The US Embassy and their partners are involved with many initiatives like local and national health care, education and other activities that benefit the Ghanaians and American expatriates in Ghana. We then get a chance to talk to Susan Wright who is the deputy office chief of USAID/Ghana.
Susan is involved with many projects that are done to improve the health and welfare of the people of Ghana. She gives a great presentation on the prevalent health issues in Ghana (malaria being one of the biggest problems in this country) in addition to other social issues that are affected by the health of the people of Ghana. Her presentation dovetails wonderfully with the work the UML students have done in preparation for their community health implementation projects.
The students will be doing two projects, one is for malaria education and awareness for mothers of young children and the other is a nutrition education program for school aged children. They will be implementing their programs in a few days so all the information that Susan gives them validates their hard work and project purpose.
We then get to meet the heath care workers (a nurse and physician assistant) who are not government employees but rather are called “local hires.” They work at the Embassy to provide health care to the embassy workers and their families and also have some responsibility for the other embassy posts in neighboring countries. It is interesting to hear their career stories. It seems that many people who end up in foreign jobs often begin their career with the Peace Corp. The working conditions that the PA endured in her previous job is incredible but it seems like her current job at the embassy is challenging but rewarding.
At the end of our program we are treated to a lively lecture by Dr. Fazle Khan who works with the CDC Director in Ghana at the Embassy. He has an interesting career story but it is his recall and insight into the health problems like AIDS and malaria that enthralls us. He is inspiring and has the utmost respect for nurses which is music to our ears. He gives some good career advice should any of the UML students desire to work in a foreign country like Ghana.
We are thankful for this interesting visit to our US Embassy which is a vast change from last year when our bus was bombarded by armed Ghanaian guards because some of the students took out cameras to take a picture.
We adjourn to a nearby restaurant for some cold drinks where we are met by a group of 10-12 people from AFRICED. We are presented with a souvenir t-shirt that says “University of Massachusetts Educational Tour – Ghana 2011.” The goal of our meeting is to spend some time with these hard working volunteers from AFRICED and to discuss their experience and concerns in addressing health issues in Ghana.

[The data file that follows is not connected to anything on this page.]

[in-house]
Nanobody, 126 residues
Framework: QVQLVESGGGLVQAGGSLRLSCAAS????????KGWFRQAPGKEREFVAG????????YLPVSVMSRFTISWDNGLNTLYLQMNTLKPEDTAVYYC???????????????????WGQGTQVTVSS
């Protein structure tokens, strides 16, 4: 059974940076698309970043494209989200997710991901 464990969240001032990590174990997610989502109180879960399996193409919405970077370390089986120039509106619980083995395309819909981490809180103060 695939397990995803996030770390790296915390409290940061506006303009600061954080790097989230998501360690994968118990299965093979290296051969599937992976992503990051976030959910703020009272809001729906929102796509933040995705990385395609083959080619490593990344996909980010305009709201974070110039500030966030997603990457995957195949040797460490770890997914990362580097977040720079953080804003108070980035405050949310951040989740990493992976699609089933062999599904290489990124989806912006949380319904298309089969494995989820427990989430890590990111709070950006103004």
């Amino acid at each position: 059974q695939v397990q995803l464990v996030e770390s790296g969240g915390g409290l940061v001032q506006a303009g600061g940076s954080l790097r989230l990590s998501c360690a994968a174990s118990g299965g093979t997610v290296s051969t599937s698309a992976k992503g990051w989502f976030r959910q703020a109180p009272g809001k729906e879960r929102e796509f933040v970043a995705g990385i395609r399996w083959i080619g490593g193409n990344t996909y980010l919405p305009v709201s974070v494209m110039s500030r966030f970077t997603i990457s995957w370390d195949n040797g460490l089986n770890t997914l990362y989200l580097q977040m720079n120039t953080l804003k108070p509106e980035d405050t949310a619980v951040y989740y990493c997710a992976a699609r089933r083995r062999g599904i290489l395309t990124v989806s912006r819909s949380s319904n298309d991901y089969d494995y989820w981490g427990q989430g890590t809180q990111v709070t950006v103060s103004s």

This exchange of ideas is strongly advocated by our coordinator Kwadwo. We need to learn from them and they need to learn from us. It is interesting to learn about the Ghanaian national insurance plan (costs a little more than $15 per person per year). It is financed by a tax. We have seen this tax on any item that we buy. Health care is available but there continues to be access issues such as proximity to a clinic or ability to afford even the $15 per year for health insurance (which is significantly less for children age 3 months -16 years). Pregnant woman and newborns are covered for free. This is to ensure improved health and maternal and neonatal outcomes which is a health care problem that is slowly improving but still a huge problem in a developing country like Ghana.
Maura and I share a lively conversation with Sherry (who also works on land disputes issues during the day and is going to school for her degree in business administration), Simon (who is a laboratory technician at the large Korlebu Hospital here in Accra) and Mustapha (who works in hospital accounts at Korlebu). These three people maintain their full time jobs but also devote time to the social problems in Ghana such as child slavery/orphans and financially assisting families with many children to keep the families intact and functioning and not to sell their children into slavery to help the family finances. There are many other projects that AFRICED is involved with and they will be joining us intermittently this week to help us with our clinics and distribution of supplies.
After our debriefing on the bus (where the students are asked about the observations of the day), we then sit in traffic for nearly 3 hours to get back to our hotel. This is torture for us and I long for the rural roads of the Volta region where we have to dodge goats and not cars. Upon our return to the hotel we have a birthday celebration for one of the students (Kim), with Little Debbie brownies that have stashed in a suitcase. Chocolate is like gold to us now.
We spend about an hour organizing our supplies for the next day and counting pills. I have purchased some medications and the Nursing Students Without Borders club also purchased some OTC meds like Tylenol and multivitamins. My goal this year is to try not to make our trip about handing out pills but rather addressing some health education needs of the people of Ghana. If we teach someone about how to manage their hypertension that is much more sustainable than giving them 10 pills.